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Spectrum: Autism Research News

New software mines data for autism risk genes

by  /  16 February 2018
Newly flagged genes for developmental conditions (triangles) cluster in networks with previously identified risk factors (circles).
Flock together: Newly flagged genes for developmental conditions (triangles) cluster in networks with previously identified risk factors (circles).

This article is more than five years old. Autism research — and science in general — is constantly evolving, so older articles may contain information or theories that have been reevaluated since their original publication date.

An algorithm combs through genetic data to identify variants involved in autism and four other brain conditions1.

The method expands on an older approach called transmission and de novo association (TADA), which combines information about inherited and spontaneous mutations to identify risk genes. Layering the two types of genetic information increases the chances of finding hits on the same gene, implicating that gene in a condition.

TADA provides no information about the accuracy of its predictions, however. The new method, extended transmission and de novo association (extTADA), offers confidence intervals for each risk gene it spots. It also doesn’t require information about known risk genes as its predecessor does, and it is easier to use: It performs its analysis in a single step rather than requiring multiple calculations.

The researchers pulled genetic information from published studies of people with one of five conditions — autism, intellectual disability, ‘developmental disorders,’ schizophrenia or epilepsy. They also incorporated information from databases of genes and their functions.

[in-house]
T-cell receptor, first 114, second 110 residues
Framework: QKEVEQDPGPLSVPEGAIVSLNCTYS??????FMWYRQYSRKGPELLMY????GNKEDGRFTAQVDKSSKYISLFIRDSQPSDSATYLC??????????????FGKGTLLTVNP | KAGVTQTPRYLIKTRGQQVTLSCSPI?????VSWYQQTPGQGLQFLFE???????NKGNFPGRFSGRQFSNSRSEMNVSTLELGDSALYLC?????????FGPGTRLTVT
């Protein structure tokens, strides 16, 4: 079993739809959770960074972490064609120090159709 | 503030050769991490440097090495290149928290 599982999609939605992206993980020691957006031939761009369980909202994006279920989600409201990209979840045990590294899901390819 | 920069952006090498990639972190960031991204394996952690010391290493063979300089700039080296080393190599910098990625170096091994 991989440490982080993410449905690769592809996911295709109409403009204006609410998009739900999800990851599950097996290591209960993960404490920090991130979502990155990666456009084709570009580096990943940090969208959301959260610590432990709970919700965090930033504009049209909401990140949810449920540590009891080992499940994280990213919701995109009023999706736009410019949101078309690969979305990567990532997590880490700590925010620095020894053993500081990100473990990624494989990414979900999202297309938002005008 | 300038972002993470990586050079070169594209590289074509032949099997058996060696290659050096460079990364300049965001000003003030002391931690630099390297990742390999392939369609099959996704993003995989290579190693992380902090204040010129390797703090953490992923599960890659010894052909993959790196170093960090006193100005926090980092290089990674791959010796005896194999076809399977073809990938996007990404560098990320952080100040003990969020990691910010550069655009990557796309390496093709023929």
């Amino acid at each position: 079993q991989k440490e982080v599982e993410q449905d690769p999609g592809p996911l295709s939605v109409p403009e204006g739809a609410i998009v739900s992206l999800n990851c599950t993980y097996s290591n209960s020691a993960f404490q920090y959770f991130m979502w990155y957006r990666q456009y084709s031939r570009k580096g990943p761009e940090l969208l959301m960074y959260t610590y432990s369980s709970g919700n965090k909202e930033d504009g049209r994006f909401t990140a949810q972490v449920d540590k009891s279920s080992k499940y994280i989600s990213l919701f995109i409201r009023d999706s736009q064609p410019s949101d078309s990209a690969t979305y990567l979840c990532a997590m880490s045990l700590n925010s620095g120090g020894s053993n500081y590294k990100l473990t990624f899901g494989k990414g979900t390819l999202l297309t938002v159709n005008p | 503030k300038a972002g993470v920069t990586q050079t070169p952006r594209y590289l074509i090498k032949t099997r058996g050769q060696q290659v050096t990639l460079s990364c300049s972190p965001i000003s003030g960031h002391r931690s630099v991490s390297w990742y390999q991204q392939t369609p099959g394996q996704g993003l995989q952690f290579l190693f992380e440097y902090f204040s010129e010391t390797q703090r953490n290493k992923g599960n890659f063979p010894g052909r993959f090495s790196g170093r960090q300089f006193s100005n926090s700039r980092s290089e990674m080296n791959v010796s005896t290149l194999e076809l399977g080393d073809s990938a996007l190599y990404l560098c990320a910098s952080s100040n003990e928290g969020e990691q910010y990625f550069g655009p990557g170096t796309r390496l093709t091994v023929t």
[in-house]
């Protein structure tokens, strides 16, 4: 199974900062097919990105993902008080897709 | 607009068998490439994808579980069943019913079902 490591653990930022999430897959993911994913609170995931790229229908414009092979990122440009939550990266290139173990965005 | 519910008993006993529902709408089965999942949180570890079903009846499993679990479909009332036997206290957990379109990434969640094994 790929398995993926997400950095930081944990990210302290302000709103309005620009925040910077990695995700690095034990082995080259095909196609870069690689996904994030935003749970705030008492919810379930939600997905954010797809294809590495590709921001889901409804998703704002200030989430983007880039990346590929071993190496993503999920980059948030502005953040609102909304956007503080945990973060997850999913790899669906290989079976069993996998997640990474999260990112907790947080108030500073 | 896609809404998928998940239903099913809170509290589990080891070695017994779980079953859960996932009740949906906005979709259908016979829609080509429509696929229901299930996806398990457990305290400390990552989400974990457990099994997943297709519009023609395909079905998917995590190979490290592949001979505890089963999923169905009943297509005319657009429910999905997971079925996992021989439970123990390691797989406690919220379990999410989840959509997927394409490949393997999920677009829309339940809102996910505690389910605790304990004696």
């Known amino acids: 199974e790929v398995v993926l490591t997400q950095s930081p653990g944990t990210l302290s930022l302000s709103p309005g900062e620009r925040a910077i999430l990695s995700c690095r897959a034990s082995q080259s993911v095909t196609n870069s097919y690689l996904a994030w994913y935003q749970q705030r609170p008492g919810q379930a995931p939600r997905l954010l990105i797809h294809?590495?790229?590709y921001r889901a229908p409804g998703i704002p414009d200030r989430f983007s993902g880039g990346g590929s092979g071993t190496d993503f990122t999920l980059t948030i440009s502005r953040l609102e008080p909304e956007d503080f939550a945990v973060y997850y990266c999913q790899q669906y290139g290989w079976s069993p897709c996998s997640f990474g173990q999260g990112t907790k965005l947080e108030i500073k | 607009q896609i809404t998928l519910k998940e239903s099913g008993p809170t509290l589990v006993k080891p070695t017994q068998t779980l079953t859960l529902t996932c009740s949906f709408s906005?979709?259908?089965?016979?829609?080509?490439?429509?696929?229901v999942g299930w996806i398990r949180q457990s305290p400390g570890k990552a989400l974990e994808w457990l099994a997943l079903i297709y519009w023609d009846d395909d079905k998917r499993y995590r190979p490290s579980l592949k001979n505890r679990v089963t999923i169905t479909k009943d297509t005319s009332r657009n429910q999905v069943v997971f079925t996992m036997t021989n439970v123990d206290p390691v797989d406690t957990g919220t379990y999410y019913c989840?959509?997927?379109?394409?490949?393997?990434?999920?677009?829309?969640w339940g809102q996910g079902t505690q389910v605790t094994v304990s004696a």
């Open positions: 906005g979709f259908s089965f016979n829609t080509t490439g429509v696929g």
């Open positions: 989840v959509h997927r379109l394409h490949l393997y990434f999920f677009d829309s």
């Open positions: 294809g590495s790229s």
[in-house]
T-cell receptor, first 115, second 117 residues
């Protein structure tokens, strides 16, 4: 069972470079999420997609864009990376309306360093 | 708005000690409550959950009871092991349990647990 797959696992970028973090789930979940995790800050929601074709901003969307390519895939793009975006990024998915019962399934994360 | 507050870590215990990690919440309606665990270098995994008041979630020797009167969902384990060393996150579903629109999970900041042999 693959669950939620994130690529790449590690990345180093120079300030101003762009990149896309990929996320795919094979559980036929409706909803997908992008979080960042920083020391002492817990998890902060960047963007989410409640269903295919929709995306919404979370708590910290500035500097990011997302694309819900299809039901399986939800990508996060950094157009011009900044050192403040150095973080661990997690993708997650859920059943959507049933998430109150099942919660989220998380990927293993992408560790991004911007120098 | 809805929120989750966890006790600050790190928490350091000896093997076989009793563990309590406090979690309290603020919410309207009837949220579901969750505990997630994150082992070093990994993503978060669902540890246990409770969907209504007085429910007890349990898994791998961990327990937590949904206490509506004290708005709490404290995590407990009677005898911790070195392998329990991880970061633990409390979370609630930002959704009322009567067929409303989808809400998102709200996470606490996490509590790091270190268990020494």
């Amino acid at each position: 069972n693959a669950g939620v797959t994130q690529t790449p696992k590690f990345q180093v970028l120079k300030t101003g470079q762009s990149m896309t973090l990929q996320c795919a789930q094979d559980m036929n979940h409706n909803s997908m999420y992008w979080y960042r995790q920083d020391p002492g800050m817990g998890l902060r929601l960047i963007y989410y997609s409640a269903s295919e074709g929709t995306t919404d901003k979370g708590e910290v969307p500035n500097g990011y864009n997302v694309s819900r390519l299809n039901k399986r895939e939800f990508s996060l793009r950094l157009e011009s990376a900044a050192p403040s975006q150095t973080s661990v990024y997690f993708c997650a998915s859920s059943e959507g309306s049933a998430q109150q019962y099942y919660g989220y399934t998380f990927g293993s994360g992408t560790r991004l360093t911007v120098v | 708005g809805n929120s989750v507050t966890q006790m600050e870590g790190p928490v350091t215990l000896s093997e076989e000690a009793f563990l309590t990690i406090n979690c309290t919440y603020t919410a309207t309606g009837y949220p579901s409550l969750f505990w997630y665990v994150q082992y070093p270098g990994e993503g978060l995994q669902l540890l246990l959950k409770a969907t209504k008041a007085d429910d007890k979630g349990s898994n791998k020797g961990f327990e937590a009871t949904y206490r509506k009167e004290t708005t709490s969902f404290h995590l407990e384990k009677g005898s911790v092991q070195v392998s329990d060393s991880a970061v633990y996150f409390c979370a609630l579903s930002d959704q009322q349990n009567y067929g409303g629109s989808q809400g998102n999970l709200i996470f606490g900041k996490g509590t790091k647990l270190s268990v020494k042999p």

For schizophrenia, the researchers analyzed 19,358 genes from 6,699 people with the condition, 13,028 controls and 1,077 ‘trios’ or ‘quads’ — parents with either one or two children with schizophrenia. The algorithm identified 1,551 schizophrenia genes, each of which confers a small risk, with a 95 percent confidence interval. Some of these are newly identified risk genes.

In the case of autism, the algorithm examined 19,347 genes from 404 people with the condition, 3654 controls and 5,122 trios. It flagged 859 potential risk genes, consistent with results from TADA.

The researchers also found risk genes for the other three conditions; all five conditions share risk variants.

To examine the ties between these conditions, the researchers selected 288 genes that contribute significantly to four of the conditions (excluding schizophrenia). They plugged that list into a gene-network analysis tool called GeNets.

The platform revealed that 149 of the genes work in biological pathways that include known risk genes for neurodevelopmental conditions. Some of the pathways are involved in neuronal signaling and development.

The researchers described their algorithm 20 December in Genome Medicine.

  1. Nguyen H.T. et al. Genome Med. 9, 114 (2017) Pubmed